Cookson remains confident of winning UCI presidential election

'I think I'm substantially ahead,' says Briton on arriving in Bergen

Brian Cookson has arrived in Bergen, Norway for the UCI Road World Championships confident that he can defeat rival David Lappartient and so secure a second term as UCI president when delegates vote on Thursday.

Cookson travelled directly to Bergen from the International Olympic Committee session in Peru. There he suggested to Inside the Games website that he has 30 of the 45 delegate votes that will decide the presidential elections on Thursday. Speaking to Cyclingnews at the kick off press conference for the eight days of time trials and road races, Cookson was cautious about predicting a final result but was confident his time as UCI president will not end this week.

"I was asked to put a figure on it, so I plucked 30 out of the air. The fact is that you can't count any number until the votes are counted," he told Cyclingnews in Bergen.

"However what I'm trying to say is that I think I'm substantially ahead. People tell me they want to see me continue the work I've been doing for another fours years. They don't see an appetite for change at the UCI and I'm up for carrying on for another four years because I still think there's work to do."

The 45 voting delegates in the presidential elections represent the different Federations and Continents around the world. Europe has a block of 15 votes, while Africa, Asia and the Americas have nine delegates each and Oceania has three votes. A simple majority is enough to win the election.

In 2013 when Cookson defeated Pat McQuaid after a continuous election campaign, he had the backing of all the European delegates, who were mandated to vote for him. This time the European Cycling Union member Federations will only finalise their vote at special meeting in Bergen before Thursday election. It seems they are divided on their preferred candidate. Lappartient is the president of the UEC.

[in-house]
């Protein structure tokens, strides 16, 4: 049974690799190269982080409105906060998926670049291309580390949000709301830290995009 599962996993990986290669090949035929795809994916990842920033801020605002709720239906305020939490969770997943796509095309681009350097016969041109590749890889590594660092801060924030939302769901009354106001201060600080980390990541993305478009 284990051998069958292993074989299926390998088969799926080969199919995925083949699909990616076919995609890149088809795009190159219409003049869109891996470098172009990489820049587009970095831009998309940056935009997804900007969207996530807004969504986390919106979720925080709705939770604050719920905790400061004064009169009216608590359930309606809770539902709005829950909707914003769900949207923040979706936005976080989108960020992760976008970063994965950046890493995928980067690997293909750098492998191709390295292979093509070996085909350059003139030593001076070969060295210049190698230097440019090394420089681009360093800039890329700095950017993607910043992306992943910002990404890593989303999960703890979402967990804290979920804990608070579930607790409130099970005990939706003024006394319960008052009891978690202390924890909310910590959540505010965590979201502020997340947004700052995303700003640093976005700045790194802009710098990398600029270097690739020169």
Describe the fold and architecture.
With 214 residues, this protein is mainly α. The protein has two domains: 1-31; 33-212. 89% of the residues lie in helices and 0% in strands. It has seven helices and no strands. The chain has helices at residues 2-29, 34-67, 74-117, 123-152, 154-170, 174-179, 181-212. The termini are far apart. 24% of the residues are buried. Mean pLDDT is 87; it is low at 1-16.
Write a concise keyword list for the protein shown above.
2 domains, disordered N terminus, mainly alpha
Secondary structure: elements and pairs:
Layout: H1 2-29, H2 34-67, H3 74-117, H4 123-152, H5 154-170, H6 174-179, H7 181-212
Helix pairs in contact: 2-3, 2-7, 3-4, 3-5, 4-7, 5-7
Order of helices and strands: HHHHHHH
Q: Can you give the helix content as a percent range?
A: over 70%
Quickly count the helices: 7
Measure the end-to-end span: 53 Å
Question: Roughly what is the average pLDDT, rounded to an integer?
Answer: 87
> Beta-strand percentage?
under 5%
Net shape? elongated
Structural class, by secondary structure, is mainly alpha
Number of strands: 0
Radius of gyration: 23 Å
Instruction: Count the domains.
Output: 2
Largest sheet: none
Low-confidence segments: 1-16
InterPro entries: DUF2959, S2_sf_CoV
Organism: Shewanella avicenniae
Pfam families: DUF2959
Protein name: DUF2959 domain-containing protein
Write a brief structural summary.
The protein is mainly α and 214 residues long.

"I don't think there's going to be block voting. I think quite a few of the European delegates will support me, as I think quite a few of the other delegates will support me," Cookson predicted.

"Of course, I'm not complacent and people can change their minds. We've seen some very strange results in elections in the last couple of years in all sort of places but I think we're going to have a more interesting and more 'normal' congress than in the past."

Improvements during the last fours years

Both Cookson and Lappartient have published election manifestos but after serving as UCI president and UCI vice-president their promises are very similar. Lappartient believes he can offer stronger leadership, while Cookson offers continuity and wants to finish off the work he has started.

"People can see my track record from the last four years and people can also understand that you cannot achieve everything that needs to be achieved in four years. The world doesn't work like that. People understand that another four years are in need of stability and to continue the developments we've started," Cookson argued.

"Just think about how things were fours years ago: We were threatened from being removed from the Olympic movement. Now we're the third biggest sport, with four new events in the Olympic programme. Four years ago the Tour de France was not broadcast on German television, now it's started again this year. The women's scene has been transformed, there's a long way to go but we're making great progress. The World Cycling Centres have also been a success and we've got a dozen riders on WorldTour teams now. We're seeing all kinds of improvements.

"I think we're working well as a Federation, we've got a substantial amount of reserves in the bank, so we're financially stable now. I think myself, my team, the UCI Management Committee and the senior management can be proud of what we've done. I think the voting delegates will recognise that."

Cookson insisted he is not concerned about being tarnished by recent accusations and investigations at British Cycling and Team Sky.

"I'm very proud of the 17 years I spent as president of British Cycling. In 1996 we'd won one Olympic medal, no women had won an Olympic medal and the memberships was a minor sport. We transformed all of those things," he said.

"Elite sport is never a comfortable place to be. Nobody wants anybody to feel bullied or intimidated and if things needed to change to put that situation right in certain cases, then that's a good thing."

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